Happy Monday, writers!
First, I want to share this really cool video about Warren Adler. Warren Adler is a bestselling author of over 50 novels, and is best known for his novel War of the Roses. This video is about his journey and persistence as a writer, and I think it'll give you a zip of inspiration this week. You can find more info about Mr. Adler by clicking here.
Also, next week is our last word war of the summer! Just like the previous two, it'll run Monday through Friday, and is meant to be a fun, come-and-go kind of event where we can encourage each other as we write.
Our panel question for today is, "What's something you keep in your writing space that's meaningful to you?"
I have a teeny tiny sparkly frame next to my computer screen and it keeps a very important reminder close at hand: Make them care. If I can do that—if I can make readers care about my characters, about their plight—I’ve done my job. And I take my job very seriously.
A copy of the book Arthur Writes a Story. My daughter brought this home from her school library when she was in first grade, and when I read it to her, I cried at the end. Arthur is writing a story as a class assignment. He knows exactly what he wants to write, and so he does. But then his sister says it's boring, so he rewrites it to be more unusual. Another friend says his story takes place in outer space, so Arthur rewrites his to be set on the moon. One friend is putting in jokes, another is going really deep with research, and so on. Arthur keeps tweaking his story so that it fits everybody else's opinions about what's best, and by the end, his story about how he got his dog has turned into a country western song and dance about an elephant on a different planet.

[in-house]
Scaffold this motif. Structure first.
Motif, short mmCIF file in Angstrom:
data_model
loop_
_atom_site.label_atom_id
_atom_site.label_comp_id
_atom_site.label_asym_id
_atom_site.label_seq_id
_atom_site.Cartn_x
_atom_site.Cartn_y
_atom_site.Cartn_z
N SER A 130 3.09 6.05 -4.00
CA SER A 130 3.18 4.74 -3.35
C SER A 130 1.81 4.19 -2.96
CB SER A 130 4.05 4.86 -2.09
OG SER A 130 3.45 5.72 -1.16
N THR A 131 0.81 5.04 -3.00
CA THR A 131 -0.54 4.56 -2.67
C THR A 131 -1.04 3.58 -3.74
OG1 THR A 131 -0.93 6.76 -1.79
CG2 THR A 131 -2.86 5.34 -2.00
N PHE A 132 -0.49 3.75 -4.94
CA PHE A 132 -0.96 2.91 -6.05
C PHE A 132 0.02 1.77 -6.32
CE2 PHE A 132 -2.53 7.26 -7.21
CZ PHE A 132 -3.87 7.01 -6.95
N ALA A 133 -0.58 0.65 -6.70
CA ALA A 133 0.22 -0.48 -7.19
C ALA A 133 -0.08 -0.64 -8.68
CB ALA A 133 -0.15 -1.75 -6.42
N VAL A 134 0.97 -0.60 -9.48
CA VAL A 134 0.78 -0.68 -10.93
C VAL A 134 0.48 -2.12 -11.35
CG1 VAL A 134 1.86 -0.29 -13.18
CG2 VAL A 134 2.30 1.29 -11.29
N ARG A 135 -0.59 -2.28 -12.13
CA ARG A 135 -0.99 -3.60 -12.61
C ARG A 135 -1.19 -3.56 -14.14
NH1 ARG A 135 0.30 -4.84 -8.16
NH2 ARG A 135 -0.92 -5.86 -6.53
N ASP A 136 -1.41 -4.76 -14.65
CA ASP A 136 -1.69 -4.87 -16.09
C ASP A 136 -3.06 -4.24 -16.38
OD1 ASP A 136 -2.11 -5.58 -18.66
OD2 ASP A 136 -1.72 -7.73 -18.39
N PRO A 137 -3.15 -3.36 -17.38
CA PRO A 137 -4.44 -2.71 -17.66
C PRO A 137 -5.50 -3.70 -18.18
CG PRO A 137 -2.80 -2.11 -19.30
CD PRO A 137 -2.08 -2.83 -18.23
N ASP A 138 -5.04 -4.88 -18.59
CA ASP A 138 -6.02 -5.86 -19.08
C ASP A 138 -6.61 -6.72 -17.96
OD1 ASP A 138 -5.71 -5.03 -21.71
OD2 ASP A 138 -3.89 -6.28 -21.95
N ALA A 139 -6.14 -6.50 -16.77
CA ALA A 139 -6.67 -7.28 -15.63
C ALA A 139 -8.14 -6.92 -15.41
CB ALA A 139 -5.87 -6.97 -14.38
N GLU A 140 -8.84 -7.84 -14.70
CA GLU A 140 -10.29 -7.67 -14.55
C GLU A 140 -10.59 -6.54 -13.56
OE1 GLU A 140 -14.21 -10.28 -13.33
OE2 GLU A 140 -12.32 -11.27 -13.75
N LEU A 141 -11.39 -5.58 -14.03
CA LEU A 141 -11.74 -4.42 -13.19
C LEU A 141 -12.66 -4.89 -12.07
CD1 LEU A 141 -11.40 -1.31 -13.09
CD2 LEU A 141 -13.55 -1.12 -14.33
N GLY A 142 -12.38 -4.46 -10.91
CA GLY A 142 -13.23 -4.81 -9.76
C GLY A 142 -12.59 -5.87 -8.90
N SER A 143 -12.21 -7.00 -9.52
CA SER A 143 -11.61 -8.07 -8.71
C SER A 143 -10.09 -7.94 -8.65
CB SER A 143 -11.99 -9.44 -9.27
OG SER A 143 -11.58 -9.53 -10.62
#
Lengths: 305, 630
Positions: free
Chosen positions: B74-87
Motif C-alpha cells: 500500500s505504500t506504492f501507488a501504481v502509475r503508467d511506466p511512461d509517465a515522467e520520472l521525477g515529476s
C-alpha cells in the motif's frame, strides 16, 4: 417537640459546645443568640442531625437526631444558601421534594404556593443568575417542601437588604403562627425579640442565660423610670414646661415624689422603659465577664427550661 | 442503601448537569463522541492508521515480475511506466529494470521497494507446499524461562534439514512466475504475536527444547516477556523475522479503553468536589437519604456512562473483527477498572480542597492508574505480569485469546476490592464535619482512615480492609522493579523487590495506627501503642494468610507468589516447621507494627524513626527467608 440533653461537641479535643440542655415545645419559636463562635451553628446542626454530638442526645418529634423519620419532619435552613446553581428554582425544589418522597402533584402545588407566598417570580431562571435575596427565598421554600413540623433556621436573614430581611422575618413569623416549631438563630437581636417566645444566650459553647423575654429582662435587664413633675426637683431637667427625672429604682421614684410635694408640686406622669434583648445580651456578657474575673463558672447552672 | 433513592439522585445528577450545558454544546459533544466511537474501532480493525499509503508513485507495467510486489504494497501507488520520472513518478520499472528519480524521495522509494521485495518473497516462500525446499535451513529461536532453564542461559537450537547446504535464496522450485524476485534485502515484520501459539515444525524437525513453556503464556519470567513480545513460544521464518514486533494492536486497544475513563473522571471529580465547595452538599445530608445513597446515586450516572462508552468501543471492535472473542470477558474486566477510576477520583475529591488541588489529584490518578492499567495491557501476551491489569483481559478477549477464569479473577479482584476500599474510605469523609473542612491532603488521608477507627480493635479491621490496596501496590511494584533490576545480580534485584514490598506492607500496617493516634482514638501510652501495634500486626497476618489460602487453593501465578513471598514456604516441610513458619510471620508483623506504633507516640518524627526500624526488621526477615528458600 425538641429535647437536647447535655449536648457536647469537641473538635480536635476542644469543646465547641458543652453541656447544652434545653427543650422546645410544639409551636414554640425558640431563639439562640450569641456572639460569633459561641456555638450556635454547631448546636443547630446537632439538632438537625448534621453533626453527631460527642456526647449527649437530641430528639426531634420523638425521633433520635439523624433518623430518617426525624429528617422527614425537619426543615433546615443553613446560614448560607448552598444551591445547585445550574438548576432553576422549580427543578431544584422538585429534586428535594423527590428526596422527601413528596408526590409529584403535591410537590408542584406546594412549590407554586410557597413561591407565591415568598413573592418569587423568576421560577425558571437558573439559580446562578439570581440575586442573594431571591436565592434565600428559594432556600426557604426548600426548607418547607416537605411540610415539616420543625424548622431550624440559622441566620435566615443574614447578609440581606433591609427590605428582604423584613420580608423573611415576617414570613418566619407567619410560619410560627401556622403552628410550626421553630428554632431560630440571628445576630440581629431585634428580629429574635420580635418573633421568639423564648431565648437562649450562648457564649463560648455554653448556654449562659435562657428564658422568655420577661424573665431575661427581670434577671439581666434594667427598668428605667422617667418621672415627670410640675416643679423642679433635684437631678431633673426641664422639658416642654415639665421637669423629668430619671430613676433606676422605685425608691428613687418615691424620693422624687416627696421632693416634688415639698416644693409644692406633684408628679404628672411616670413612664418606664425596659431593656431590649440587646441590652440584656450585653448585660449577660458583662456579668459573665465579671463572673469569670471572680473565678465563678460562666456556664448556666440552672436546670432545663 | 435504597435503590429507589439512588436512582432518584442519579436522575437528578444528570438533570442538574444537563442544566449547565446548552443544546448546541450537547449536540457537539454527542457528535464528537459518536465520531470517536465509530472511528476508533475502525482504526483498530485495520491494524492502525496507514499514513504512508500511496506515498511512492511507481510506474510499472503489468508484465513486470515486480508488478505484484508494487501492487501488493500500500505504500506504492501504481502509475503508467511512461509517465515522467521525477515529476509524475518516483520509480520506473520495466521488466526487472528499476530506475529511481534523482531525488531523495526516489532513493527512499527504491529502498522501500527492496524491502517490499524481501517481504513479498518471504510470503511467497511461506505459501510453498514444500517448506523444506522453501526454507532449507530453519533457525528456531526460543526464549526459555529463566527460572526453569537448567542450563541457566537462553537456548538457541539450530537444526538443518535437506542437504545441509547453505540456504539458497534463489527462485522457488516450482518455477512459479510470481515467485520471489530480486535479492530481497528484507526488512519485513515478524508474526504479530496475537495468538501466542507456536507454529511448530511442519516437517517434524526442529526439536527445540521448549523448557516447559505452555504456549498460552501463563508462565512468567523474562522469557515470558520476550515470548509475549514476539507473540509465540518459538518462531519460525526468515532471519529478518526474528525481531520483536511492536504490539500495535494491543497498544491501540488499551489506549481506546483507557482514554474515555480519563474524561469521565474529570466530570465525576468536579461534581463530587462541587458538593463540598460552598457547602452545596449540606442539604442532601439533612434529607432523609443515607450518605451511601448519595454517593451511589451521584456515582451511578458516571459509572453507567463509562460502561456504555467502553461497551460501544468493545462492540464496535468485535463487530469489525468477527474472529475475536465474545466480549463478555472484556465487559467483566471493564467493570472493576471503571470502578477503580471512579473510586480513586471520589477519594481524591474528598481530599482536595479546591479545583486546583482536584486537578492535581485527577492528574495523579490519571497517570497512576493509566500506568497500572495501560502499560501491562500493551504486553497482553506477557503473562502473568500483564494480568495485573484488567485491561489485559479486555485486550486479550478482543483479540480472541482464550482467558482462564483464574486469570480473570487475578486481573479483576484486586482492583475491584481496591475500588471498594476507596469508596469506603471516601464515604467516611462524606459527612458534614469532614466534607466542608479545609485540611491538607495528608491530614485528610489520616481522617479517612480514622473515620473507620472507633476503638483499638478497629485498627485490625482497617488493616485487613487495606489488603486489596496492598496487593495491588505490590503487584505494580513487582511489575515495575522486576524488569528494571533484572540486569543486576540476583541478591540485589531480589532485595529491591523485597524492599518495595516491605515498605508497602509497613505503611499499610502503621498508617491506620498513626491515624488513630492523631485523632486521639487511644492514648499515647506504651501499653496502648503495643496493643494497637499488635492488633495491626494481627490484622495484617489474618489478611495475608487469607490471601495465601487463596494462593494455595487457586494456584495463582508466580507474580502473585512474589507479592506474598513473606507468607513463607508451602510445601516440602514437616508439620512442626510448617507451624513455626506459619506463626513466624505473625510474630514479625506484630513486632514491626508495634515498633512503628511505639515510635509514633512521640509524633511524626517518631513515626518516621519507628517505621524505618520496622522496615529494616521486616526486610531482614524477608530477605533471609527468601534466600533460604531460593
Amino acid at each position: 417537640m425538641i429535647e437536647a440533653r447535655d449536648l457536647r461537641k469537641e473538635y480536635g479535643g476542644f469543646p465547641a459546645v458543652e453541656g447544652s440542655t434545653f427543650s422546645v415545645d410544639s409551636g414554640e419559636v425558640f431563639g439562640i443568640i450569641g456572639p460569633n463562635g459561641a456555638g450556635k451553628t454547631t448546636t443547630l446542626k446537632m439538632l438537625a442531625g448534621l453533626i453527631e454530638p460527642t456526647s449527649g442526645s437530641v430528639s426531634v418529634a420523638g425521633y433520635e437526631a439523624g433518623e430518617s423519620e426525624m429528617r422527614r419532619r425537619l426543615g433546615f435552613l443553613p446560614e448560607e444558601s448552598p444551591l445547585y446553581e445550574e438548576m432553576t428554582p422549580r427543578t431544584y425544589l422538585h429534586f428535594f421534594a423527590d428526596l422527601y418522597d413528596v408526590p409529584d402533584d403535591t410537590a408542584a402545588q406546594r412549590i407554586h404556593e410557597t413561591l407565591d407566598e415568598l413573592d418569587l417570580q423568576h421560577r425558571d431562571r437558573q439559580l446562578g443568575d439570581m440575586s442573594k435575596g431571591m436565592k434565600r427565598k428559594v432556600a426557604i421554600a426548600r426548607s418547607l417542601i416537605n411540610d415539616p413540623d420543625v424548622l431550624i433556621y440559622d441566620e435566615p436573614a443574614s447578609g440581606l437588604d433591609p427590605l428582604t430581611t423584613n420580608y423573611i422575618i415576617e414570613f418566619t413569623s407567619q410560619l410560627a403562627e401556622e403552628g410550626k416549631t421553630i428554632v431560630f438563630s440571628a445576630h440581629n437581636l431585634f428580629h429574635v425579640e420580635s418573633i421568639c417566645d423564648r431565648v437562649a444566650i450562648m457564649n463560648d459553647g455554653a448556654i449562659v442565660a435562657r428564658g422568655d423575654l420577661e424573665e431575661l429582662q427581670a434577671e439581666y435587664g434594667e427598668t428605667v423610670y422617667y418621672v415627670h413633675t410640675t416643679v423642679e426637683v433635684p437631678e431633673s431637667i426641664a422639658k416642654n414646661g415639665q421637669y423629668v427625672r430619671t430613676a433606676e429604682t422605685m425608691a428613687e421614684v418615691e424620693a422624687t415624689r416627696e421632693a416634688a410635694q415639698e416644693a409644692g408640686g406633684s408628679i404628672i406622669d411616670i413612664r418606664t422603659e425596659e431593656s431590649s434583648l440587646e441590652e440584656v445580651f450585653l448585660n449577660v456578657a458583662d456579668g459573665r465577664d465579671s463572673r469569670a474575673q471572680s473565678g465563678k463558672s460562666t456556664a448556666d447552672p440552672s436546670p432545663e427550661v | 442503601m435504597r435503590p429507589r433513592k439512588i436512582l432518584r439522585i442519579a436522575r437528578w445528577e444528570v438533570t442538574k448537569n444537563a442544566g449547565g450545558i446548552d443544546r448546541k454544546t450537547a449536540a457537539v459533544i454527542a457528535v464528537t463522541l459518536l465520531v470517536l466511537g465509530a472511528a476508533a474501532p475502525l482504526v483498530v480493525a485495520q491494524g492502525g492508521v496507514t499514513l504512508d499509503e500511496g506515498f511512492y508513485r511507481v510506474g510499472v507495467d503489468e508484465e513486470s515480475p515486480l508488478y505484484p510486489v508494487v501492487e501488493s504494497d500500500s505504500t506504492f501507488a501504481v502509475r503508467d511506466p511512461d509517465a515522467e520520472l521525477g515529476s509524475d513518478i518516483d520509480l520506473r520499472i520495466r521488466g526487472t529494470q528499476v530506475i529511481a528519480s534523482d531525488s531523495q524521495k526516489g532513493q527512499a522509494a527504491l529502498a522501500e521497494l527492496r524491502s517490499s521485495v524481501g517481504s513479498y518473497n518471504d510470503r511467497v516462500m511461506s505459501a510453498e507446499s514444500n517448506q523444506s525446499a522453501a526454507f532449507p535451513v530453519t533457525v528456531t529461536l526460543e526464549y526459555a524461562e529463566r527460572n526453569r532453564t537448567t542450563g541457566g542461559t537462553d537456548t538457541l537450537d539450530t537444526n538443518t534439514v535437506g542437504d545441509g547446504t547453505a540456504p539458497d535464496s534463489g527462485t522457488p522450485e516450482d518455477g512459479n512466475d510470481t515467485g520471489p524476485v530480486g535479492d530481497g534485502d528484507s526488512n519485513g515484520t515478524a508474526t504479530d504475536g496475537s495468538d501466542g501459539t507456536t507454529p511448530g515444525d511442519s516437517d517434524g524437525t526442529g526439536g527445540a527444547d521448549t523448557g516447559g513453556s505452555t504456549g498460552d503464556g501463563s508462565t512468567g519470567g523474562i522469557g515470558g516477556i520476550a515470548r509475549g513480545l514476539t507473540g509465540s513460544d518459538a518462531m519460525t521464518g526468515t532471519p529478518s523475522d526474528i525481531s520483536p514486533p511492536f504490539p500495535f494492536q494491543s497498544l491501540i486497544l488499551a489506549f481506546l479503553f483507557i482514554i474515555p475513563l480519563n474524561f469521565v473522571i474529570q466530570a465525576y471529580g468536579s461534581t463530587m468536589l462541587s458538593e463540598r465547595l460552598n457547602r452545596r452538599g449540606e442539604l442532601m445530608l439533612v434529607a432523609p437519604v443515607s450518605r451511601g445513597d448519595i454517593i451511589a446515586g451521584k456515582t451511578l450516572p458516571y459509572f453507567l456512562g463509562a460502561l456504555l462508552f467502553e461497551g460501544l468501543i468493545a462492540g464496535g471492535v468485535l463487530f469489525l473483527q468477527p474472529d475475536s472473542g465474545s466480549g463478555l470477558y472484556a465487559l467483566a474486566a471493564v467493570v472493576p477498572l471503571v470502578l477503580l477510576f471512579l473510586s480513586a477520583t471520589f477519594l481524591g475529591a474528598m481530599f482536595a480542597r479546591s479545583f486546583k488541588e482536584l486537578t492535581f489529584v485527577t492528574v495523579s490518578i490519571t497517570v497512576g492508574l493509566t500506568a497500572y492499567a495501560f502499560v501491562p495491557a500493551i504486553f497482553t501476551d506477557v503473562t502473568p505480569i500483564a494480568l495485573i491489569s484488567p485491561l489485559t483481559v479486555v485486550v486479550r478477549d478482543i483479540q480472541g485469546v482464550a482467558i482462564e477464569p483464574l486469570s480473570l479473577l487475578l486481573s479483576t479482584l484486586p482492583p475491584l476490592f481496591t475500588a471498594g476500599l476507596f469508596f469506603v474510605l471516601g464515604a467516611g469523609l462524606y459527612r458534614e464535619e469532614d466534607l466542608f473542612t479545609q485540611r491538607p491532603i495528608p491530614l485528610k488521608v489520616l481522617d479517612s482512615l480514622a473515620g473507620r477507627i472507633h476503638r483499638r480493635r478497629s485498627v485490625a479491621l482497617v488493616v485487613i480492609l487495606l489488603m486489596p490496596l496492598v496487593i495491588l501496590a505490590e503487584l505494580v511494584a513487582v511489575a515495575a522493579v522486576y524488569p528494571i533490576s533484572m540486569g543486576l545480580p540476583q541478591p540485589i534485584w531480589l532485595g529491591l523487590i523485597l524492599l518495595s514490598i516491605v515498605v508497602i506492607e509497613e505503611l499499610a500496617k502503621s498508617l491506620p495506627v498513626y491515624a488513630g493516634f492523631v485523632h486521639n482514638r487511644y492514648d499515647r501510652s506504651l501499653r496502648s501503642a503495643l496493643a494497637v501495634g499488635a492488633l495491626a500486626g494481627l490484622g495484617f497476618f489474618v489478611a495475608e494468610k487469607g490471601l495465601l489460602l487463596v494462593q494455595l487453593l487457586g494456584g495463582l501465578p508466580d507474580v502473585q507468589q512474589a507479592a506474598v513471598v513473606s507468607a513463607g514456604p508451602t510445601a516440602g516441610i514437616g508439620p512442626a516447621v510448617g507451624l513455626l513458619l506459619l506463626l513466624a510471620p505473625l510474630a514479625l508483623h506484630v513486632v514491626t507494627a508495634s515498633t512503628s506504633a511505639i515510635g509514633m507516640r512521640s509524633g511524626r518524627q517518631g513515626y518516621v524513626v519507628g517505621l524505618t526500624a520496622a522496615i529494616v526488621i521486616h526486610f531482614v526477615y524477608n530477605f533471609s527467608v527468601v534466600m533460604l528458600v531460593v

The reason the story hit me so hard the first time I read it is that I was writing The Lost Girl of Astor Street. I was waaaaay out of my comfort zone, and I kept leaning on others to tell me that I was making the right choices with the story. There's a time and place for that, of course, but I really needed to trust myself and believe in the story the way I had envisioned it instead of seeking approval.
I bought a copy for my office, and it sits where I can see it (unless one of my kids runs off with it) as a reminder to trust my vision for the story, and to stop hustling for approval and permission from others.
I have a framed quote by author E. B. White (who wrote Charlotte’s Web and Stuart Little) on my wall that a friend gave me as a Christmas gift years back. It is meaningful because it was such a thoughtful gift, but also because it reminds me that I am loved. We writers can feel very isolated sitting in front of a computer all day, even when interacting with people online. We need face-to-face friendships with people, whether they are other writers or not.
What about you? Do you have anything you keep near your writing space to remind you of something important?